DEMYTHOLOGIZING SELF-ESTEEM

Parenting in the self-esteem era has presented major challenges. Not that children have changed. Foolishness continues to reign in a child’s heart from birth (Prov. 22:15) and if parents do not properly train and discipline their children, shame will brand itself on their reputation (29:15).

The culture’s perspectives on parenting continue to fluctuate like s school girl’s crushes. Apprehensive parents in each generation scurry to find advice from the latest self-proclaimed parenting expert, from Dr. Spock to Dr. Phil. Perspective on self-esteem has suffered from this hysteria.

Following one of my children’s soccer seasons, the coach gathered all the players and their parents together. Then he called each player to come forward to receive a trophy. A trophy? They did not win their division. They had not won a tournament. But every child received a trophy for nothing more than playing on the team. This practice continued for all of my children who played on teams during their grade-school years.

I thought playing on the team was a reward in itself. Parents are willing to ante up the registration fee, drive the child to the forty-six practices, give up Saturday mornings for games at the soccer fields and make contributions to snacks twice in the season and a coach’s gift at the end of the season. And the child got to play!

A trophy means something different. It represents special achievement, recognition for unusual accomplishment, distinguished skill and effort. My five-year-old had done none of those things. She had played and had fun, for crying out loud!

This was all part of the self-esteem movement. Every child must be made to feel special. They should receive only praise and never criticism or even a smidgen of negativity. All forms of competition had to be restructured so that everyone was a winner. They were all the same – star athletes who won trophies.

Such nonsense only inflates the ego to levels of delusion. American Idol demonstrates this tragic folly. Tens of thousands of people audition every year, many of whom never even sang in their school choir. Some of the contestants would qualify as tone deaf. Why do they think they might be selected for the show? What generates these fantasies?

When the judges give an honest critique of their lack of talent, some contestants leave the theater in a fog of expletives. Their self-assessment supersedes the judges’ opinons. They are not heart-broken to learn that they have not been gifted with star voices. They are angry that these cocky experts did not recognize their talent.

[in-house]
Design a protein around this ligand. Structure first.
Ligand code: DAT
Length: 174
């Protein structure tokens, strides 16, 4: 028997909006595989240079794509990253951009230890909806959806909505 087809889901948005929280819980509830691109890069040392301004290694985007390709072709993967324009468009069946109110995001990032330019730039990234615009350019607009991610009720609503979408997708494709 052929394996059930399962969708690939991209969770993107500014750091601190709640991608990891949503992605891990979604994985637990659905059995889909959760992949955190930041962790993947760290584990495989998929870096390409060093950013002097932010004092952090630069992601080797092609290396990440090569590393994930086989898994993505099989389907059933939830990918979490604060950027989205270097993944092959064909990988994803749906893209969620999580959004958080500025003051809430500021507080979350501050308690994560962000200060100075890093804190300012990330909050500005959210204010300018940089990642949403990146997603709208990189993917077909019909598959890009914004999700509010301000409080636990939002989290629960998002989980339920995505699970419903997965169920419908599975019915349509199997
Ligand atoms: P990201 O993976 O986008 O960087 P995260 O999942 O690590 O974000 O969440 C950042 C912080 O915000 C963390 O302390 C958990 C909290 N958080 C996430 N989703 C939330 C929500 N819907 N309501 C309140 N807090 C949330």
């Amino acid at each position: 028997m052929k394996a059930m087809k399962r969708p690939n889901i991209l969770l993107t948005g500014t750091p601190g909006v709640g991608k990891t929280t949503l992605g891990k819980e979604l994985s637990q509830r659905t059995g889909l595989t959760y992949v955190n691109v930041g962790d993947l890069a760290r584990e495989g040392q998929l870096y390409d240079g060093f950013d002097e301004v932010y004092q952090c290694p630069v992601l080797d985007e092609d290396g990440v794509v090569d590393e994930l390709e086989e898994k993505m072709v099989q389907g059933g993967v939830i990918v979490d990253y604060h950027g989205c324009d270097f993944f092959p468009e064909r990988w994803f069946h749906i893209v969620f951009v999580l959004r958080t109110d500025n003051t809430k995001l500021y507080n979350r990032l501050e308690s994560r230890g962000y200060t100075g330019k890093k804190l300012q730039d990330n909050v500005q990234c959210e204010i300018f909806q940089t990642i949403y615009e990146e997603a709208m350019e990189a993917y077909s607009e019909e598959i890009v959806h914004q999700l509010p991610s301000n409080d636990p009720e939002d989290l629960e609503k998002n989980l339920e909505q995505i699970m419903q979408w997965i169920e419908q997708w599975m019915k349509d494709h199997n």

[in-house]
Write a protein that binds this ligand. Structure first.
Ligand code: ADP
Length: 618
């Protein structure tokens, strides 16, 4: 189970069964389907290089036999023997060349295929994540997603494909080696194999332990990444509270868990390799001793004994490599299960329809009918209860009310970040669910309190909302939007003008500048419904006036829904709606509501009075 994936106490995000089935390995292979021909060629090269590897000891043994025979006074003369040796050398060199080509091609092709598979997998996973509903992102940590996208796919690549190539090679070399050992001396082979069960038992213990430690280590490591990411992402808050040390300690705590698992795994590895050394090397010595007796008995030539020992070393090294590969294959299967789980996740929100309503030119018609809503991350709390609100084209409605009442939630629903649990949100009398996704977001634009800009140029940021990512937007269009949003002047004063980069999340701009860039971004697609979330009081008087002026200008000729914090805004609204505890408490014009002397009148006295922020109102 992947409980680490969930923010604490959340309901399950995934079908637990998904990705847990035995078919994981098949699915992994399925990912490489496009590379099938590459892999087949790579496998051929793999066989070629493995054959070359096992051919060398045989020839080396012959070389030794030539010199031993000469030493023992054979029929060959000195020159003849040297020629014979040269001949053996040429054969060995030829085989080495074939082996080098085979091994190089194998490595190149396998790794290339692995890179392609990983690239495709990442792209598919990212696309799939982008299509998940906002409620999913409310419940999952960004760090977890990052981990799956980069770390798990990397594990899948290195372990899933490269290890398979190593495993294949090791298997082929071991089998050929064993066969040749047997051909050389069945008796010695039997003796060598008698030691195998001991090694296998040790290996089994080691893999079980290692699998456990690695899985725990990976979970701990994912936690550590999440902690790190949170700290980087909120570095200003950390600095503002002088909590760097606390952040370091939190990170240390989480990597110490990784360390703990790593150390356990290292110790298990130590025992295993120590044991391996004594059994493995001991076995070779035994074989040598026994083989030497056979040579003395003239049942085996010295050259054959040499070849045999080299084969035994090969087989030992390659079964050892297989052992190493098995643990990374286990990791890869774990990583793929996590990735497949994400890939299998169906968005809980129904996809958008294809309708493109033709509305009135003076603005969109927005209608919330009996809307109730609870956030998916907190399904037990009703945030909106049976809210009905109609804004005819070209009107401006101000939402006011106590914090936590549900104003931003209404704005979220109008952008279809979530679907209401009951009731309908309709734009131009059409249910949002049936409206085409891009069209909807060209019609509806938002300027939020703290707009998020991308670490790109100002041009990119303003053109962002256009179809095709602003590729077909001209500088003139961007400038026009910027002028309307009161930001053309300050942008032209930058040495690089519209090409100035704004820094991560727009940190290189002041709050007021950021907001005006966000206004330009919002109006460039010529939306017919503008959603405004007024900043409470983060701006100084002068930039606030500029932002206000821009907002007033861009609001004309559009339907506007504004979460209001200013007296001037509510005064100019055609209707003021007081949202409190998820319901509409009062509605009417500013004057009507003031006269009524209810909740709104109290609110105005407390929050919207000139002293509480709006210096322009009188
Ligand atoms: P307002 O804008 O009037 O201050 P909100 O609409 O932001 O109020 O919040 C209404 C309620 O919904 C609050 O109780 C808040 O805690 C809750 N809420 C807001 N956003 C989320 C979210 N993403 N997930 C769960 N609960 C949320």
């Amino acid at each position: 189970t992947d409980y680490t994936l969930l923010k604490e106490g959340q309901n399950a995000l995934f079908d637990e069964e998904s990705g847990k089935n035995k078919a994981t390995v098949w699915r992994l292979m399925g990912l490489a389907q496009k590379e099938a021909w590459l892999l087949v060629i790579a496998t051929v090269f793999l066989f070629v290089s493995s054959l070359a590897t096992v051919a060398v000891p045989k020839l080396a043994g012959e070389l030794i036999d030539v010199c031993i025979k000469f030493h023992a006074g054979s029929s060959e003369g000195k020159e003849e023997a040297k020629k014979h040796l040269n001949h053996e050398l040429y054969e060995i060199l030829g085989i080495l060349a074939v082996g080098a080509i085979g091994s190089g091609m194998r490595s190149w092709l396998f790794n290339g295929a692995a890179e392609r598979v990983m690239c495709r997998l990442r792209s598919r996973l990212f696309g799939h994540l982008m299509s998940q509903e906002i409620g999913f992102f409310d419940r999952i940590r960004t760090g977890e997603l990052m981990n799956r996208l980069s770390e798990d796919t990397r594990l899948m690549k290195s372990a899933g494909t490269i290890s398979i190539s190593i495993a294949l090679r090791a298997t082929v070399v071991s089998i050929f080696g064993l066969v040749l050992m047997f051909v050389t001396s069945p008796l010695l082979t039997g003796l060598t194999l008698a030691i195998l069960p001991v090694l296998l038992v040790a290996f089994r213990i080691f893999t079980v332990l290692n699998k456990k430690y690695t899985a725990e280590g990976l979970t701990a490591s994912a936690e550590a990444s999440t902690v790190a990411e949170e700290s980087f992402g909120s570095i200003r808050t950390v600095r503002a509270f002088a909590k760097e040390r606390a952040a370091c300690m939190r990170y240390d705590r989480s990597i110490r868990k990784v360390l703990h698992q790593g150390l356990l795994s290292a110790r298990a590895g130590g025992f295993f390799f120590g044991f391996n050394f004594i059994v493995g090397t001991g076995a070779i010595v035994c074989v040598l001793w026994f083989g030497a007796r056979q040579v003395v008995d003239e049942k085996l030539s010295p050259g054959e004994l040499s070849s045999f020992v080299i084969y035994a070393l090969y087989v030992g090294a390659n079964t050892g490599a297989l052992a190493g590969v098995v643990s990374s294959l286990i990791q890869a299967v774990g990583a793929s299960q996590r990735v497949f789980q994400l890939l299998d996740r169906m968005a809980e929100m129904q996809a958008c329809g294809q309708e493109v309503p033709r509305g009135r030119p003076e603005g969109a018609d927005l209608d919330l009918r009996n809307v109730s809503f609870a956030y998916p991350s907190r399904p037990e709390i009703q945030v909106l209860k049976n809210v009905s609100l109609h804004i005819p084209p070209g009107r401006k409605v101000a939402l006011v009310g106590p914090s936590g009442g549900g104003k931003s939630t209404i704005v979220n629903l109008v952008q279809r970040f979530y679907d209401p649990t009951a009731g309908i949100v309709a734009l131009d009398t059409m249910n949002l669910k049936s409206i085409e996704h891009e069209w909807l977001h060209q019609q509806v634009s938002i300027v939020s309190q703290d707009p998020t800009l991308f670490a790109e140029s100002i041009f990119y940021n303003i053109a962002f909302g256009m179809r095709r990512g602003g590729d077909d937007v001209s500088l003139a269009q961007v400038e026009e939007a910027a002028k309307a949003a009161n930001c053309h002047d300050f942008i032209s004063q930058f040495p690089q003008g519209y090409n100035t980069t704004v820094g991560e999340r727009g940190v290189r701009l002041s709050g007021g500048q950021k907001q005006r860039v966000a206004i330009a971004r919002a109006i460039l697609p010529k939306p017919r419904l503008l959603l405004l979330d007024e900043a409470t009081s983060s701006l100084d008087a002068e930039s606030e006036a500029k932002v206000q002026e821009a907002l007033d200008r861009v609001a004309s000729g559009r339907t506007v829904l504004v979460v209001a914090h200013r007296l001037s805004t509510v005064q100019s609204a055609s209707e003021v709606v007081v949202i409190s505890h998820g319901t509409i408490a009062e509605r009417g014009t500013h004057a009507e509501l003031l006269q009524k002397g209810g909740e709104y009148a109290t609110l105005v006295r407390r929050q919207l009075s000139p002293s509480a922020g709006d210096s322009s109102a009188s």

Some researchers are now identifying the septic effects of this movement. Jean Twenge, psychology professor at San Diego State University, and her colleagues have scrutinized decades of research. She notes a giant shift in expectations among students. They expect success because they have received so much affirmation in their efforts, regardless of how small those efforts might have been.

Laura Rovi had learned how to achieve high grades for her minimal effort. Her sophomore year in high school she encountered a teacher who had missed the self-esteem training. Rovi allowed a classmate to complete most of the work on a final group project for the class. The teacher properly rewarded Rovi for her effort in the class, a grade of C. Rovi was insulted.

Alex Ortiz had played softball since she was 4 years old. She was passionate about it. Everyone told her how good she was. When she tried out for the high school team as a freshman, she did not make the cuts. Instead of seeking feedback on areas for improvement and dedicating herself to train for the next season, she just quit. Her passion was doused by the ice cold water of reality and she did not know how to respond. “It kind of crushed me. It felt like (earlier coaches) had been lying to me.” (“A Downside to high teen self-esteem?“)

Self-esteem propaganda saturated books on parenting, education strategies and children’s literature. Nausea overcame me after reading He Bear, She Bear to my children.  This Berenstain Bears classic beginning reader flaunted the theme, “You can be anything you want to be.” Page after page, Sister Bear and Brother Bear explored dozens of different careers, with Mama and Papa Bear telling them they could be any of those things, lying to their offspring.

I quickly erased any erroneous beliefs forming in my children’s minds. “You can be whatever God wants you to be and that depends upon the gifts and abilities that he has given to you. It depends upon socio-economic factors into which He chose you to be born. It depends upon the opportunities He opens for you. And it depends upon your own hard work to achieve.” (Well, I put it in a child’s vernacular over the course of many years.)

Self-esteem without a correct understanding of the nature of man will corrupt a child’s emotional and psychological balance. Paul warns, “For by the grace given to me I say to everyone among you, not to think of himself more highly than he ought to think, but to think with sober judgment.” (Romans 12:3).

Citizens of God’s kingdom must remember that the theories of the world will usually collide with the principles of the kingdom. We must bring God’s sober judgment to the discussion.

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About stanwiedeman

Christian seeking to find a biblical perspective on culture and life
This entry was posted in Christians Engaging Culture, Parenting and tagged , , , , , , , , , . Bookmark the permalink.

One Response to DEMYTHOLOGIZING SELF-ESTEEM

  1. stanwiedeman says:

    I typed in the address in the yahoo browser and it gave me a list of web sites with mine being on top. I clicked on that and it took me to this site. I am sorry that you are having trouble with it. I know that there is a truthseeker domain name, but not truthseekerblog.

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